From Reading to Eating

March 2, 2011 4 Comments
By: Brittany Biggs, Editorial Assistant at Moody Publishers. Watch for a post from Brittany each month, in her “From Reading to Eating” series!

People who have known me for the past ten years are amazed when I tell them I work in publishing. I had what I like to call “commitment issues” when it came to college. I started in athletic training, moved to speech language pathology, and then decided I was meant to be in the world of the culinary arts.

It was my dad that got me started in the kitchen. He was always cooking and baking, trying new recipes, and learning the newest techniques. The kitchen was and still is a great place to spend time with him. He makes a phenomenal German chocolate cake from scratch every year for my mother’s birthday.

I graduated from the Iowa Culinary Institute with my AS (Associates of Science) degree in 2007. Culinary School was as exciting as you would imagine. I took baking classes where I learned to decorate cakes, prepare buttery chocolate croissants, and make fantastic, flavorful, and chewy focaccia bread. I took a gourmet dinner class where ten of us would prepare an ethnically themed seven-course meal for fifty guests. There was always a waiting list to get into those dinners. I got to prepare and taste some rare delicacies and cook with ingredients that I haven’t seen or been able to afford since then such as truffles from France, exotic seafood, Kobe beef, and some of the best foreign cheeses. We also ran a restaurant on campus. We created our own menu, ordered the ingredients, prepared the food, and took turns serving it. I mastered quiche, flank steak, and homemade ice cream. I love everything that I learned. I can still probably name where every cut of beef comes from on a cow, section a whole chicken, blind taste-test cheese, and can pull together a menu for most any occasion.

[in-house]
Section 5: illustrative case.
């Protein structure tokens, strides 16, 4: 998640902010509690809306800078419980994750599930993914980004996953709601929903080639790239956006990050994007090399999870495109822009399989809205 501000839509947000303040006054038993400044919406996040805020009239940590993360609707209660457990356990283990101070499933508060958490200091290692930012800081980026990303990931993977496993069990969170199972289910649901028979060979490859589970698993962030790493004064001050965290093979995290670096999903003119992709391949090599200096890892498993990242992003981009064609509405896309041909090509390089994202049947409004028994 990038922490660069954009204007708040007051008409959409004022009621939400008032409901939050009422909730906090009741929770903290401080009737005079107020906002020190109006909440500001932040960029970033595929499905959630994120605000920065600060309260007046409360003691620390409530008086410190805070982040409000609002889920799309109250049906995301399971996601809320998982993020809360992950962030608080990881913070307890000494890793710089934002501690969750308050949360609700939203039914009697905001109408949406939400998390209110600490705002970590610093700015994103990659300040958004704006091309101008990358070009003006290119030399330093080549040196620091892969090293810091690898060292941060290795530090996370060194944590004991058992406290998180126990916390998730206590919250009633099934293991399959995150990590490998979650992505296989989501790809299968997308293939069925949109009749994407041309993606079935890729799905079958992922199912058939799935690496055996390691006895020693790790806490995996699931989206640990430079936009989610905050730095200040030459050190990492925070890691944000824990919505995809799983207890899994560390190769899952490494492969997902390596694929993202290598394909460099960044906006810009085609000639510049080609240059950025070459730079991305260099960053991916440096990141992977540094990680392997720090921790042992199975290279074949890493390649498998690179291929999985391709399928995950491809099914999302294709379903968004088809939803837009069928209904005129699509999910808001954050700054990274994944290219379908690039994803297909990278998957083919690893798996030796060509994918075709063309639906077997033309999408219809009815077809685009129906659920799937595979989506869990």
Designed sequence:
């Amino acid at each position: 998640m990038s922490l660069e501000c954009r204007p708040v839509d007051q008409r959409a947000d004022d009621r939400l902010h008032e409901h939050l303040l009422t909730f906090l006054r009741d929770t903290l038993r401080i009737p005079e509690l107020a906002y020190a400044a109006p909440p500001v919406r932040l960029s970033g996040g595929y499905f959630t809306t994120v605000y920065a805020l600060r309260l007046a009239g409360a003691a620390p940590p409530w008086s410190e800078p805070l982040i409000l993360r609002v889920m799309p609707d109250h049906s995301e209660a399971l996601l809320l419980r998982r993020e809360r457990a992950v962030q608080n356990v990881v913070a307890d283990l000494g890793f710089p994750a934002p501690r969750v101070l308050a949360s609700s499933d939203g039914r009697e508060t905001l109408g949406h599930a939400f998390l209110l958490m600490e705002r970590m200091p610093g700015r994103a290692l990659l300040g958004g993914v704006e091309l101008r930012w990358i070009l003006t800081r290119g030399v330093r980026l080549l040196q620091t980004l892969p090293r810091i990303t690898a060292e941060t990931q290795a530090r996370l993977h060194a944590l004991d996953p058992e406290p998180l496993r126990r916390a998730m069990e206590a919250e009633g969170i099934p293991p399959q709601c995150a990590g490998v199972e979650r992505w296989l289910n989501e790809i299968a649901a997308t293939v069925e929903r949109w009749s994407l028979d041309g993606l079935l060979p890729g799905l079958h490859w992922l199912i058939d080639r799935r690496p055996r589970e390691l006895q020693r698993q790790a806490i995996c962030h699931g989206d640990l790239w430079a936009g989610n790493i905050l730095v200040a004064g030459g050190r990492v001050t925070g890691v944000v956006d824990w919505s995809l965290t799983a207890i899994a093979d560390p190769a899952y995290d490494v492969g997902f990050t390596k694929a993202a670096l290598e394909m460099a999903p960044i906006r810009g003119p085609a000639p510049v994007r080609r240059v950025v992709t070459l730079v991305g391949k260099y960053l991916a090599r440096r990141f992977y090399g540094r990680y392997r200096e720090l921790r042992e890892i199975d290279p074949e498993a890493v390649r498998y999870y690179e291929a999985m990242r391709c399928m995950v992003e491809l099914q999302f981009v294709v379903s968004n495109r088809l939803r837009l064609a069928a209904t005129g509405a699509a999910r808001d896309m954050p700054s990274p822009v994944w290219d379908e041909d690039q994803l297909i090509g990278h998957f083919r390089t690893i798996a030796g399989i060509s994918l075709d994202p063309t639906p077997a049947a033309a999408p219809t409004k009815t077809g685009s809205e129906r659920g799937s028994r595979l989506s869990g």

I graduated from ICI and continued working for the corporate catering company I had been with while in school. It was one of the few culinary jobs available that didn’t require night and weekend hours. That job (and my then boyfriend, now husband) brought me to Chicago. My final semester of Culinary School I was given the opportunity to edit recipes for a website that is a branch of Better Homes and Garden. I still do freelance work for where anyone can submit a recipe and it is my job to review, edit, and rate said recipe. I check the ingredients and measurements, make sure the directions make sense, and then write a three to four sentence description of each recipe.

Recipe-editing helped me understand that I prefer the recipe side of things and planning as opposed to actual production. I enjoy cooking, but prefer to do it at home as opposed to the back of a kitchen in a restaurant. After a year and a half in the food service offices at Moody Bible Institute, I found my way to Moody Publishers.  My work editing recipes left me feeling very comfortable in making the transition into the publishing world. I have learned so much.

My favorite part of being the Editorial Assistant and Author Relations contact is that I have my hand in everything from contracts, to payment, to endorsements, to helping title books, to reading fiction manuscripts. The other thing I love is that my kitchen is now a happening place when I get home at night. Because I don’t cook for my job anymore, I cook more at home than I ever have. I do make a mean manicotti, beef stroganoff, and turkey chili.  I will be posting monthly here on Inside Pages to keep you updated on the latest recipes that I am mastering at home. I will fill you in on the trials and errors, take pictures, and provide unbiased feedback from coworkers who sample some of my work. I am excited to have another reason to continue cooking and to challenge myself by putting it into words for you.

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4 Responses to From Reading to Eating

  1. Pingback: The Holidays are Here: Let’s Make a Pie from Scratch! | Inside Pages

  2. Craig Nelson says:

    What wisdom, what insight, what culinary expertise on display! Glad you liked the chocolate cake. DAD.

  3. Pam says:

    How interesting! I like the comparison of ingredients in recipes with all that goes into the making of a book. By the way, when is your mom’s birthday and how do we get an invitation?

  4. Word Lily says:

    Sounds like a great plan!

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